Born: United States of America
Primarily active in: United States of America
Williams held many “firsts” in Army Aviation, from the Air Force Green Instrument Card to forming and commanding the U.S. Constabulary Flight Detachment (1946-1949). The first Chief of the Army Aviation Branch, G-3, DA (1952-1955) and the first President of the U.S. Army Aviation Board (1955-1958), he earned the first Master Army Aviator wings on 10 September 1957 (minimum 15 years and 3,000 hours as an aviator).
The Army Aviation Association of America (AAAA) and its membership refer to General Robert R. Williams as the “Father of Army Aviation,” but he soared above that accolade. The quintessence of Army Aviation, Bob was more than the patriarch: he was its spirit—and his absence echoes throughout all of aviation.
After working for months on a paper about the history of Army Aviation (presented in May 2009 at the AHS conference in Fort Worth), Bob declined to attend because he wouldn’t leave his ailing wife. When I learned of his death from General Carl McNair (first U.S. Army Aviation Branch Chief) just weeks before the conference, I was stunned by the unfairness of life—until I realized that perhaps Bob simply willed himself to live until his last mission was complete: the creation of a written record of Army Aviation’s history—dictated by the only source who truly knew it well—its father.
Williams held many “firsts” in Army Aviation, from the Air Force Green Instrument Card to forming and commanding the U.S. Constabulary Flight Detachment (1946-1949). The first Chief of the Army Aviation Branch, G-3, DA (1952-1955) and President of the U.S. Army Aviation Board (1955-1958), he earned the first Master Army Aviator wings on 10 September 1957 (minimum 15 years and 3,000 hours as an aviator).
Born in Evanston, Wyoming on 30 June 1918, Williams was a civilian pilot even before his admission to USMA on 1 July 1936. Intending to enter the Air Force after West Point, he was rejected and called a “poor investment” because of his less than perfect eyesight. Instead, he joined the 18th Field Artillery Regiment at Fort Sill, OK. Two years later when one of his fellow pioneer aviators was accidentally shot down by NAVY ships during World War II—U.S. Navy ships—Bob often chided afterward that his eyesight was better than most.
At Ft. Sill, then LT Williams met Major William Wallace Ford, a fellow staunch advocate for the benefit of using light aircraft to adjust artillery fire. Williams secured the 20 necessary aircraft, and with Ford and others conducted tests proving its feasibility. Bob was one of 20 of the 39 students who passed the rigorous testing, a group which would later become known as the “Class Before One.” Williams stated in 2009 that he was its last surviving member.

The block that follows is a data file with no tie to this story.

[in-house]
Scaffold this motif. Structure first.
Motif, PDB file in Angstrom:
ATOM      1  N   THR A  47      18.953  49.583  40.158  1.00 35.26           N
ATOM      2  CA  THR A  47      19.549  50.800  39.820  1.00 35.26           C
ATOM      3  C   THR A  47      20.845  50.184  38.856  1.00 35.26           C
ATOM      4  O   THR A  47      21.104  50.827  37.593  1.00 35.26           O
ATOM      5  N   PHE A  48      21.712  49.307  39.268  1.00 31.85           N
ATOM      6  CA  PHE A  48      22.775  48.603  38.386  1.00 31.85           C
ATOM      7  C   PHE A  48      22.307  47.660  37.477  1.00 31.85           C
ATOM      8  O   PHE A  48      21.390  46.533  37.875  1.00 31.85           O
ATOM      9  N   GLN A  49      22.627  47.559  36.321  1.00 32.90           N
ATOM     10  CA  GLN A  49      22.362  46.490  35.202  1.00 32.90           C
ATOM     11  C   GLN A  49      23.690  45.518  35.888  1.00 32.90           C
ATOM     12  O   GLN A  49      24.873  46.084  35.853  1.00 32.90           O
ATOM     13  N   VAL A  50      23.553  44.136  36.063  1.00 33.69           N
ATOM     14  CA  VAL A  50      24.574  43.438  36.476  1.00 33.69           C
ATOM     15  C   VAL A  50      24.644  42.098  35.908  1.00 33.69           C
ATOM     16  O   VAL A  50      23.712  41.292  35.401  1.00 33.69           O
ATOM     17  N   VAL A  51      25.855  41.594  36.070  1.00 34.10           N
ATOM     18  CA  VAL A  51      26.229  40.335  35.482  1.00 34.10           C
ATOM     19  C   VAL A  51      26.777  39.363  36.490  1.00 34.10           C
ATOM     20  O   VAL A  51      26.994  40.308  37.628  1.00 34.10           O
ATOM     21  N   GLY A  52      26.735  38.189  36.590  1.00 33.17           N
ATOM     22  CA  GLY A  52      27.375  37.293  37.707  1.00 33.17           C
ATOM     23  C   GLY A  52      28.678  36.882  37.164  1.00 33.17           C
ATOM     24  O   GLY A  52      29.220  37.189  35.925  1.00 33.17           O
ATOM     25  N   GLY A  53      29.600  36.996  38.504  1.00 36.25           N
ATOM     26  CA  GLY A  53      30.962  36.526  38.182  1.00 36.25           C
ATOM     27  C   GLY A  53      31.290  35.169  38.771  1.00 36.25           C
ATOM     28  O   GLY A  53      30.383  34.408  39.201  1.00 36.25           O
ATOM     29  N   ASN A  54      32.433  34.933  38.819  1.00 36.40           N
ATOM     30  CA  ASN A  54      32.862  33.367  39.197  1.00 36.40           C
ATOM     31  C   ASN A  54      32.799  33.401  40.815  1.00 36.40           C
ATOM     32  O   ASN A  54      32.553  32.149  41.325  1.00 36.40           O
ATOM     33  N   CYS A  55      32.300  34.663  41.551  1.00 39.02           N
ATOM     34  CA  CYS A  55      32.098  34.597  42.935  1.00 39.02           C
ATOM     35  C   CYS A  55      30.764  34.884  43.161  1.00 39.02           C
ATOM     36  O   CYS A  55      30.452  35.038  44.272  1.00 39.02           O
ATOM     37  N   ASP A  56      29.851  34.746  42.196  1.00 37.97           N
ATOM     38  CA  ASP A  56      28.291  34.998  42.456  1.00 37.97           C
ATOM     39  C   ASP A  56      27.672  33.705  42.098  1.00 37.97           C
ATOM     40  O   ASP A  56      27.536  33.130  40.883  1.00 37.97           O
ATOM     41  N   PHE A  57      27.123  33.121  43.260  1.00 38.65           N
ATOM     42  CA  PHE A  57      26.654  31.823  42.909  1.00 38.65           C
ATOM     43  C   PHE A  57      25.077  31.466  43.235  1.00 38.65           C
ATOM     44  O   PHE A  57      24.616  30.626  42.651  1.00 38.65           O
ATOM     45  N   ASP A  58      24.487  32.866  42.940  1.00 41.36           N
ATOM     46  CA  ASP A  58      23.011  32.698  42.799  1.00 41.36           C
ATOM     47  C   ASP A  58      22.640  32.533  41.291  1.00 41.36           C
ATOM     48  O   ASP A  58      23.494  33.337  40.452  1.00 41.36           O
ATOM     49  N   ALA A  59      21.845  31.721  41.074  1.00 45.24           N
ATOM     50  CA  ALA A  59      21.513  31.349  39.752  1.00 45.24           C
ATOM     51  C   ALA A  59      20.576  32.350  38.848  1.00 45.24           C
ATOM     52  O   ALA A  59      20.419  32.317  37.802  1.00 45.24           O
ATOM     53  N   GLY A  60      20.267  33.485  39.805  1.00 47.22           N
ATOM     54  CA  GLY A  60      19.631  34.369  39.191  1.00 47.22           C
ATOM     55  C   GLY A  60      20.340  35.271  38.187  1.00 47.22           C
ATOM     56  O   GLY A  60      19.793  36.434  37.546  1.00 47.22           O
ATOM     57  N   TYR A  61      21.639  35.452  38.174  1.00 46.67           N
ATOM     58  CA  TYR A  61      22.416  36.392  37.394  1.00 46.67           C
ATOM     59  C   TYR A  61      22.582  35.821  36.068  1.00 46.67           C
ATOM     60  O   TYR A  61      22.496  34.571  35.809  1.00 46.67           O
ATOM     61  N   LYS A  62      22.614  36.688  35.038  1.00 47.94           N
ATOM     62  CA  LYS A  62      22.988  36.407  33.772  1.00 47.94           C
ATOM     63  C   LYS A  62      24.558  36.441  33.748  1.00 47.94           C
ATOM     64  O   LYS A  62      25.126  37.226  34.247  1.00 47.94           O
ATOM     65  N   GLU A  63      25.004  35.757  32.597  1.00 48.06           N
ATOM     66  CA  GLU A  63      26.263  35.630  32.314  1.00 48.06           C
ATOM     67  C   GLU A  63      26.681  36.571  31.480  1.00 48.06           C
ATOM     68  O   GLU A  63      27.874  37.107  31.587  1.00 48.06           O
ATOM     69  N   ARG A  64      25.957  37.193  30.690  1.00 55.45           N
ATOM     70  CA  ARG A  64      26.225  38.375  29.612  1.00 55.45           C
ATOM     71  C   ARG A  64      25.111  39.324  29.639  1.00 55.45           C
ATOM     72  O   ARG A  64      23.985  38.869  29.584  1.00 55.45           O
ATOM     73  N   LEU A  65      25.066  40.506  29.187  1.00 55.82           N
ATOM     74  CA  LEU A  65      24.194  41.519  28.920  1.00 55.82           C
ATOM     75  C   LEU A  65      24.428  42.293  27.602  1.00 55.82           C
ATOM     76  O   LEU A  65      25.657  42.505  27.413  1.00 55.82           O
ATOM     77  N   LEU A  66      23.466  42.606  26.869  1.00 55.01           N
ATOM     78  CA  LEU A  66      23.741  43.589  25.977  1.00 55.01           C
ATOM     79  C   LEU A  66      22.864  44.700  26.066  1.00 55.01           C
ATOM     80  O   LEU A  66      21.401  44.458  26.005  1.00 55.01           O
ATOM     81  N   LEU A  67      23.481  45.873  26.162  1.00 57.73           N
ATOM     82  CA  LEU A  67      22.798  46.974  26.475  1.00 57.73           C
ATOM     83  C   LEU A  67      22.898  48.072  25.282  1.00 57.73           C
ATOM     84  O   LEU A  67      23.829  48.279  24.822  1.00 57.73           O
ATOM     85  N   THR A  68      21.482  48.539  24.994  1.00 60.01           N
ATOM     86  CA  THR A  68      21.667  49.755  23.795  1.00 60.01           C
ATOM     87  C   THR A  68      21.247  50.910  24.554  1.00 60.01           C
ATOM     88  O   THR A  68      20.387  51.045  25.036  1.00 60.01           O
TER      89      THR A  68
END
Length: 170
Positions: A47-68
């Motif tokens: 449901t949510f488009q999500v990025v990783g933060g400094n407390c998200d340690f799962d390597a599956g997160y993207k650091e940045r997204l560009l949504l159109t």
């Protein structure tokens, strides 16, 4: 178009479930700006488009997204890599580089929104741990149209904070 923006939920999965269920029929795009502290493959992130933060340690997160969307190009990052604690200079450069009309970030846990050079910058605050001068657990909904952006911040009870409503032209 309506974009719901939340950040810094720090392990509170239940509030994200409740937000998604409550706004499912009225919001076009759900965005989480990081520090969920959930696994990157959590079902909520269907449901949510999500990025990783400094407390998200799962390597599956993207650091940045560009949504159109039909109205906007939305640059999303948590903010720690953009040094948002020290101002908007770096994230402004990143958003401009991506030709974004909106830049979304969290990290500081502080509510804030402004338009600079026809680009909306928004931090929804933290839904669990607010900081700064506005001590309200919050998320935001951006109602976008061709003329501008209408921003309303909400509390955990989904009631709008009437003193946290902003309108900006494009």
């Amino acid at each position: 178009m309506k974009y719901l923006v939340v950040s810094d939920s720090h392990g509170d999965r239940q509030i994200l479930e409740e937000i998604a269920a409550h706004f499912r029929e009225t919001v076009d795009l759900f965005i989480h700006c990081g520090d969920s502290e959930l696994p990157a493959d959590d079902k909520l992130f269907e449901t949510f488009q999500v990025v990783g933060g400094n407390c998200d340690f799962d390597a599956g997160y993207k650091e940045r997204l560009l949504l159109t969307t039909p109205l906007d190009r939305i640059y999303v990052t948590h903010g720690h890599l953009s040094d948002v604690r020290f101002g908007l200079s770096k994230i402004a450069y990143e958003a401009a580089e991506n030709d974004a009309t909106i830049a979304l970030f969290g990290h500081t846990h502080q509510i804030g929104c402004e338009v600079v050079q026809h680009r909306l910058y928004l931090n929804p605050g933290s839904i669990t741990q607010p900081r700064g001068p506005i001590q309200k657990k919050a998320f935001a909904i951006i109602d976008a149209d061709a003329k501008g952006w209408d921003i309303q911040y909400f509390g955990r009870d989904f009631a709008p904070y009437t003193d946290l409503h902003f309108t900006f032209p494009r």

On 6 June 1942, a War Department directive officially established “organic air observation for Field Artillery.” Army Aviation was born!
While serving as Chief of the Army Aviation Branch, G-3, DA (1952–1955), a memorandum of understanding between the Air Force and the Army expanded Army Aviation’s presence from five companies to twelve battalions in 1952. The Warrant Officer program and flight training for West Pointers were also initiated, and the Aviation School moved from Fort Sill to Camp Rucker.
Under his guidance, the Army Aviation Board established several world speed and distance records (1955 to 1958), including the first in-flight refueling of a helicopter, as well as the first cross-country, non-stop flight of an H-21 helicopter (from San Diego, CA to the Pentagon).
Williams served as Deputy Director, Tactical Warfare Systems Office, OSD, from 1961-1962 and with Colonel Edwin Powell ’41 drafted two key memoranda for Sec. of Defense Robert McNamara, intended to “stir up” the Army. They did just that. And in April of 1962, McNamara approved both and ordered the Army to take a “bold new look” at land warfare mobility and “seriously consider fresh, new concepts and give unorthodox ideas a hearing.” This resulted in the formation of the famous Howze Board—and the true beginning of modern Army airmobility.
In Vietnam from 1967-1969, Bob commanded the 1st Aviation Brigade, which grew to its maximum strength of over 2,000 assigned aircraft and was further charged with the logistical support of over 2,000 additional aircraft belonging to other Army units. Bob accumulated over 1,000 flying hours in the UH-1, OH-6, AH-1, CH-47, CH-54, OV-1, U-21, F-4, and F-100.
Williams earned countless awards, including the highest tribute of the American Helicopter Society (AHS)—the Dr. Alexander Klemin Award—for “notable achievement in the advancement of rotary-wing aeronautics.”
Bestselling author and long-time close friend, Bill Butterworth (a.k.a. W.E.B. Griffin—The Brotherhood of War series) said it best. “The thread that dragged Army Aviation from a handful of aircraft…to an entirely new functioning concept of mobility on the battlefield that has changed the face of warfare is General Robert R. Williams.” The Brotherhood of War character, William Roberts, is based on the real-life Robert Williams.
The Army Aviation Association of America (AAAA) held its first induction ceremony into the Army Aviation Hall of Fame in June of 1974. Bob Williams was one of seven original members that today total 128.
Retiring from the Army in 1974 as a Lieutenant General, Williams accepted the presidency of Bell Helicopter International (BHI) in 1975. Together with Robert Mackinnon, he helped organize the successful extraction of all Bell employees from Iran during the Christmas holidays of 1978, just days before the Shah was deposed.
Written by Paul J. Fardink